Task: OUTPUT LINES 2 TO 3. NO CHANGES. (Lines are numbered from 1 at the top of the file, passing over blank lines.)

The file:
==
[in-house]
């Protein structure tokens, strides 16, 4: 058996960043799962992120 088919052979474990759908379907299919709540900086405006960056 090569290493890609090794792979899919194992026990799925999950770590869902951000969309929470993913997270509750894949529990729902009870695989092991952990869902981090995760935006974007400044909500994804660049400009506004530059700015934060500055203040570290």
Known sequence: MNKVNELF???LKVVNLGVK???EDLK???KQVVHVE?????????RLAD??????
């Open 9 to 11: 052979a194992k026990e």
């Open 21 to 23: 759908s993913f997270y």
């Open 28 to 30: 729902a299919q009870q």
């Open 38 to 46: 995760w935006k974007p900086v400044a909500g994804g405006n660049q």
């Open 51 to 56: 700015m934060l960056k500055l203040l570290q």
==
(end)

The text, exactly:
């Protein structure tokens, strides 16, 4: 058996960043799962992120 088919052979474990759908379907299919709540900086405006960056 090569290493890609090794792979899919194992026990799925999950770590869902951000969309929470993913997270509750894949529990729902009870695989092991952990869902981090995760935006974007400044909500994804660049400009506004530059700015934060500055203040570290």
Known sequence: MNKVNELF???LKVVNLGVK???EDLK???KQVVHVE?????????RLAD??????